Integrated Techno-Economic Comparative and Socio-Economic Impact Study for Increasing Energy Access in Rural Kenya
Independent thesis Advanced level (degree of Master (Two Years)), 20 credits / 30 HE creditsStudent thesis
Kenya is a country with high energy poverty rates while millions of people, especially in the rural areas, rely on kerosene lamps as a source of lighting. The usage of kerosene is linked with the degradation of different social and economic aspects and parameters, such as health, education, income etc. At the same time, grid extension and connection to that require a very high capital. In other words, the state’s limited financial resources do not allow the sustainable development of rural electrification while rural families cannot afford the installation and consumption costs of electricity in the areas where the national grid has reached.
The latest years, alternative solutions to grid connection such as solar lamps, larger solar kits and microgrids have made their appearance in Kenya and they offer the opportunity to people to turn into cleaner and healthier sources of lighting and electricity.
This MSc thesis has two goals. The first one is to measure and quantify various differences on socio-economic parameters between kerosene lamps and solar lantern users. The second one is to identify, design and compare alternative solutions to grid extension for rural electrification. Therefore, this work is separated in two parts. The first part is a socio-economic impact study, conducted in Kenya between May and July 2014 as an interview survey. The second part is a techno-economic comparative study between the different alternatives for rural electrification that exist nowadays in Kenya, which has as a base the designing and sizing of renewable energy microgrids for five remote communities in the country.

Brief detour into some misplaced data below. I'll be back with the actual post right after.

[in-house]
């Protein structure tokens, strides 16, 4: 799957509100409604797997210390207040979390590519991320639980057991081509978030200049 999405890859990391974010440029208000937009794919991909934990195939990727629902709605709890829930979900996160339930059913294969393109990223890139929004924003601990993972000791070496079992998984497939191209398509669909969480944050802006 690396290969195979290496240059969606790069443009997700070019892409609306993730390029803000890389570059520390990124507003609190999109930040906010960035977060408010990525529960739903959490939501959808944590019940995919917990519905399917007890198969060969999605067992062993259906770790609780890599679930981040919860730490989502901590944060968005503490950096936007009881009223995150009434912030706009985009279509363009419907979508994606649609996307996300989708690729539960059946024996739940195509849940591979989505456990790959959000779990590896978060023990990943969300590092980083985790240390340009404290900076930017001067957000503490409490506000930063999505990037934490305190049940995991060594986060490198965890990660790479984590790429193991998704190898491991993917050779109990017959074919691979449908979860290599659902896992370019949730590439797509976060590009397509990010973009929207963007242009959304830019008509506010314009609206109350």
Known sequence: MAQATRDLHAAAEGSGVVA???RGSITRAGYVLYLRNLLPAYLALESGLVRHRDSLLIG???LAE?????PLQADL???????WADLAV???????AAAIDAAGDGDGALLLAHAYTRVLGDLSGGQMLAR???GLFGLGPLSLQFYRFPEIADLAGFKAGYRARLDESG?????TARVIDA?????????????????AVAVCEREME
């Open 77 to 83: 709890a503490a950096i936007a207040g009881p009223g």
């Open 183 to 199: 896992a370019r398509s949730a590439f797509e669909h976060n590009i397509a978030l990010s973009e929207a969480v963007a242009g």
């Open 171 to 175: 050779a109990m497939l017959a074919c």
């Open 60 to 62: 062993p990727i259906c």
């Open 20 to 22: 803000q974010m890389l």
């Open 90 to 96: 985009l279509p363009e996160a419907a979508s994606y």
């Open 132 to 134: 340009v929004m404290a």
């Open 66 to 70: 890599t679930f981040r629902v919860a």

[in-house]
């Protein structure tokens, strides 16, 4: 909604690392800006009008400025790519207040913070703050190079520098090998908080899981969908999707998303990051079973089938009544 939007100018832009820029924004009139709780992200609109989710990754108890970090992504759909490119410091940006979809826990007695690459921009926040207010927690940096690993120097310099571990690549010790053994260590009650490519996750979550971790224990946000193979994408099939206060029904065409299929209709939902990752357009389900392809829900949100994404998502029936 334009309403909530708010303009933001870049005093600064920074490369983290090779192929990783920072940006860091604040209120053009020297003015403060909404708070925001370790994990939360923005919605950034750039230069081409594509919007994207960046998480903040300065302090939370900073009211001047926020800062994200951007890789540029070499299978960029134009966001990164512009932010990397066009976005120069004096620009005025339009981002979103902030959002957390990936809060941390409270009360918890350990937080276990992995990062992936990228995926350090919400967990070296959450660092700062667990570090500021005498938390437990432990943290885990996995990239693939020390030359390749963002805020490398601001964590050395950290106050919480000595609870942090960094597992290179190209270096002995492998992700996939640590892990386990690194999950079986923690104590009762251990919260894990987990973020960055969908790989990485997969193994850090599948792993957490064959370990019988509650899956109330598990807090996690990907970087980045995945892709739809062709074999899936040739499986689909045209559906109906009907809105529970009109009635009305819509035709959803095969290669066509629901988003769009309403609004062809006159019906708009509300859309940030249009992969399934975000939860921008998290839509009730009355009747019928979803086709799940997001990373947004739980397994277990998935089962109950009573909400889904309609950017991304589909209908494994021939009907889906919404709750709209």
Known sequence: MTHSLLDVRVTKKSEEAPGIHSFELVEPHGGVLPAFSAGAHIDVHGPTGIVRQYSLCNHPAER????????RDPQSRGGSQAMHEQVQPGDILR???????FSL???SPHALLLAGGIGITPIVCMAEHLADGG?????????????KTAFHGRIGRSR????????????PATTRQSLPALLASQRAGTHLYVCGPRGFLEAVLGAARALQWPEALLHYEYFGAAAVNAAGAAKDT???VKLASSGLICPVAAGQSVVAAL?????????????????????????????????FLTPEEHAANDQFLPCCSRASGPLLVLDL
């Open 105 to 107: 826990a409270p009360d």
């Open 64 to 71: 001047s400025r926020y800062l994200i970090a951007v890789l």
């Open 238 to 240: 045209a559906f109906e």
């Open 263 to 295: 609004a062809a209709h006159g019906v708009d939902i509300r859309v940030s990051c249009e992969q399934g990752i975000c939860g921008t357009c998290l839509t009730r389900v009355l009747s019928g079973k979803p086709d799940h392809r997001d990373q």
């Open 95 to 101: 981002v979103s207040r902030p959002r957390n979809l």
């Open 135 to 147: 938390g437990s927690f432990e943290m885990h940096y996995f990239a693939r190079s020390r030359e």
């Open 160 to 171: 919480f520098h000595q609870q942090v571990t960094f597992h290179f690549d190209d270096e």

The results of the socio-economic study showed that the source of lighting has a great impact on people’s quality of life, aspects of development and escape from poverty. Families that use solar lanterns recorded better education, health and income levels while the kerosene lamp usage seem to have great connection to drudgery, high expenditures, bad school grades and degraded living conditions. As far as the techno-economic comparative study is concerned, it has been shown that both solar lanterns and microgrids have a significantly lower cost in comparison to the respective expenditures of rural families in Kenya for kerosene lamps and fuel. As a result these technologies are able to cover the gab that is left by the low or zero rates of grid extension in remote areas and they can be an affordable, healthier and more sustainable solution for those rural households that rely on kerosene as a source of lighting and lack at the same time access to essential services such as phone charging, radios and other appliances.
Place, publisher, year, edition, pages
Renewable energy, Kenya, Socio-economic, techo-economic, HOMER Energy
Engineering and Technology Energy Engineering
IdentifiersURN: urn:nbn:se:kth:diva-160600OAI: oai:DiVA.org:kth-160600DiVA: diva2:790483
Master of Science - Sustainable Energy Engineering
2014-11-29, KTH, Stockholm, 15:00 (English)
Howells, Mark, Professor
Howells, Mark, Professor